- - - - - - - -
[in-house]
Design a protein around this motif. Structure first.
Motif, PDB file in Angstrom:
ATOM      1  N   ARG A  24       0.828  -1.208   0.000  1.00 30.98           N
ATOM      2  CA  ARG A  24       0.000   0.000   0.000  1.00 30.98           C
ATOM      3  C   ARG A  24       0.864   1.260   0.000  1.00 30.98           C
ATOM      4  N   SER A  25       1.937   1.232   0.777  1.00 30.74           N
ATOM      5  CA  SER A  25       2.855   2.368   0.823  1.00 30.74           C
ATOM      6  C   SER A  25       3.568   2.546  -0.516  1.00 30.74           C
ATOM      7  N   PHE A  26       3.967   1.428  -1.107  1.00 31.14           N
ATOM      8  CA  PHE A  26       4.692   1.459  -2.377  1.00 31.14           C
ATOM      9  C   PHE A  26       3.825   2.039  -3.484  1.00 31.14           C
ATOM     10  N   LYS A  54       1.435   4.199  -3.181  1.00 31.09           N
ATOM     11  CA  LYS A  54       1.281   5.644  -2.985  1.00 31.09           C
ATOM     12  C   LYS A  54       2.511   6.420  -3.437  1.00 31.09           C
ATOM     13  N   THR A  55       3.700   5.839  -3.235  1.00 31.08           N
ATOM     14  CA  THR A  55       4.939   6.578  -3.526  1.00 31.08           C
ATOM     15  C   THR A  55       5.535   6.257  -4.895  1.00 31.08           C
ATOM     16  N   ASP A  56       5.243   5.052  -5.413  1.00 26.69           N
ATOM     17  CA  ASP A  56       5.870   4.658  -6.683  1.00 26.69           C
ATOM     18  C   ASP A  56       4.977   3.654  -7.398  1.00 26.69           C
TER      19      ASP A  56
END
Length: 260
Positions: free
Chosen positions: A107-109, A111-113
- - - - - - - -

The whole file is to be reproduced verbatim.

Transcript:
[in-house]
Design a protein around this motif. Structure first.
Motif, PDB file in Angstrom:
ATOM      1  N   ARG A  24       0.828  -1.208   0.000  1.00 30.98           N
ATOM      2  CA  ARG A  24       0.000   0.000   0.000  1.00 30.98           C
ATOM      3  C   ARG A  24       0.864   1.260   0.000  1.00 30.98           C
ATOM      4  N   SER A  25       1.937   1.232   0.777  1.00 30.74           N
ATOM      5  CA  SER A  25       2.855   2.368   0.823  1.00 30.74           C
ATOM      6  C   SER A  25       3.568   2.546  -0.516  1.00 30.74           C
ATOM      7  N   PHE A  26       3.967   1.428  -1.107  1.00 31.14           N
ATOM      8  CA  PHE A  26       4.692   1.459  -2.377  1.00 31.14           C
ATOM      9  C   PHE A  26       3.825   2.039  -3.484  1.00 31.14           C
ATOM     10  N   LYS A  54       1.435   4.199  -3.181  1.00 31.09           N
ATOM     11  CA  LYS A  54       1.281   5.644  -2.985  1.00 31.09           C
ATOM     12  C   LYS A  54       2.511   6.420  -3.437  1.00 31.09           C
ATOM     13  N   THR A  55       3.700   5.839  -3.235  1.00 31.08           N
ATOM     14  CA  THR A  55       4.939   6.578  -3.526  1.00 31.08           C
ATOM     15  C   THR A  55       5.535   6.257  -4.895  1.00 31.08           C
ATOM     16  N   ASP A  56       5.243   5.052  -5.413  1.00 26.69           N
ATOM     17  CA  ASP A  56       5.870   4.658  -6.683  1.00 26.69           C
ATOM     18  C   ASP A  56       4.977   3.654  -7.398  1.00 26.69           C
TER      19      ASP A  56
END
Length: 260
Positions: free
Chosen positions: A107-109, A111-113